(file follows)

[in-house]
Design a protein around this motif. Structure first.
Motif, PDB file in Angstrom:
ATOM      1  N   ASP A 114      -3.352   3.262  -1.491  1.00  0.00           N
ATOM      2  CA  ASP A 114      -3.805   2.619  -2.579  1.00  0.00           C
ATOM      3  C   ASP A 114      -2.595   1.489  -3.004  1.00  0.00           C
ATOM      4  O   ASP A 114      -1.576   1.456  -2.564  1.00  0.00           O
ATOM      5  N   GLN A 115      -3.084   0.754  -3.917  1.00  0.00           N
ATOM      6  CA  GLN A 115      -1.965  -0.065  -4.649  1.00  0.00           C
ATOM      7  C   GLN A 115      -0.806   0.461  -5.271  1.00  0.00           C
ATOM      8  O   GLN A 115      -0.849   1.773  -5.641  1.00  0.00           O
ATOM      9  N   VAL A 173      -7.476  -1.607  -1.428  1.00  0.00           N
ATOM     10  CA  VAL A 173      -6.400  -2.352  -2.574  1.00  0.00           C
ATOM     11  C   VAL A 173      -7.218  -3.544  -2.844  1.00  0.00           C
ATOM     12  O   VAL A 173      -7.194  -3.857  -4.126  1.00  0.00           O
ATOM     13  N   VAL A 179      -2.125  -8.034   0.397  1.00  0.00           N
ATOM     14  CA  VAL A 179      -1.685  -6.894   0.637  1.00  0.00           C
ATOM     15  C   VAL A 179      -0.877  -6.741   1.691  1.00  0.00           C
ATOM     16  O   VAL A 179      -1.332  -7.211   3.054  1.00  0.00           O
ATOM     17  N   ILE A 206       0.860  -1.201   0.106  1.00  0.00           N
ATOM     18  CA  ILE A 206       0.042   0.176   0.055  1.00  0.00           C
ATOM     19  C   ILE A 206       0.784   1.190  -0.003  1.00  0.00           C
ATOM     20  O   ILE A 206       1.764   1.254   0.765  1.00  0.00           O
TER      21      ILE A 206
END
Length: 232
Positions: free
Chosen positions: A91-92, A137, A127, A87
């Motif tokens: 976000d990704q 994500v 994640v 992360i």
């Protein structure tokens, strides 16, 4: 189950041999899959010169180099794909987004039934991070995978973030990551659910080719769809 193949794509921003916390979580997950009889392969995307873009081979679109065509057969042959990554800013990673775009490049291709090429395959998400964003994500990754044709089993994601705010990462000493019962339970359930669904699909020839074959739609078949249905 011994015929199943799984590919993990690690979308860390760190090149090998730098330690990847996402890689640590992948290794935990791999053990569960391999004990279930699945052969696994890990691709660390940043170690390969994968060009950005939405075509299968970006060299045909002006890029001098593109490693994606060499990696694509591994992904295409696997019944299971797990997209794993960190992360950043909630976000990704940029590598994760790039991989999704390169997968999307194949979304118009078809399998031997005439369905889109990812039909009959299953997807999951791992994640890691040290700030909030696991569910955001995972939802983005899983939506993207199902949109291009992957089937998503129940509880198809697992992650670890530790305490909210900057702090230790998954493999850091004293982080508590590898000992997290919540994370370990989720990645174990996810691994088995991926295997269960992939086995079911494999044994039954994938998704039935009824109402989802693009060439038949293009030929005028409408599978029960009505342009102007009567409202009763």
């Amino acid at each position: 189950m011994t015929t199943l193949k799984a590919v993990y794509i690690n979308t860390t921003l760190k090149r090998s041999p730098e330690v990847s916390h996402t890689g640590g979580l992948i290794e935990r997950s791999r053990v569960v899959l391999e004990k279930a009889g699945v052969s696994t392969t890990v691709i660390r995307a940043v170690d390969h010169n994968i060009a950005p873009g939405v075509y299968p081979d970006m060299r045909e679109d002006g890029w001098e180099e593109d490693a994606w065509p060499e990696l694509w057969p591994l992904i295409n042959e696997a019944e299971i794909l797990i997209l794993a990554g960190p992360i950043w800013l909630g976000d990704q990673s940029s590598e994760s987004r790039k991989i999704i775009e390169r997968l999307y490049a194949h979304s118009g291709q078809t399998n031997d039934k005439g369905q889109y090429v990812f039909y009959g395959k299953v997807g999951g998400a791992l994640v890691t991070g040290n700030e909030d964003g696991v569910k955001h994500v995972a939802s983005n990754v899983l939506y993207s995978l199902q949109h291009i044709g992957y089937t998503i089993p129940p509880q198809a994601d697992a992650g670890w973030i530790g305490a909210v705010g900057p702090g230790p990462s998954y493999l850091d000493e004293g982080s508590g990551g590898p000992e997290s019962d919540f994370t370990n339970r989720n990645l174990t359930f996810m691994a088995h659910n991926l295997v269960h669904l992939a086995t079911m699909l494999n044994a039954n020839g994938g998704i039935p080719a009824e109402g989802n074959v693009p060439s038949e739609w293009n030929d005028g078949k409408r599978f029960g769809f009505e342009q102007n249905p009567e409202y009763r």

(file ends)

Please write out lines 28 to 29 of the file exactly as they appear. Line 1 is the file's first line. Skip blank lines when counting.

Chosen positions: A91-92, A137, A127, A87
């Motif tokens: 976000d990704q 994500v 994640v 992360i």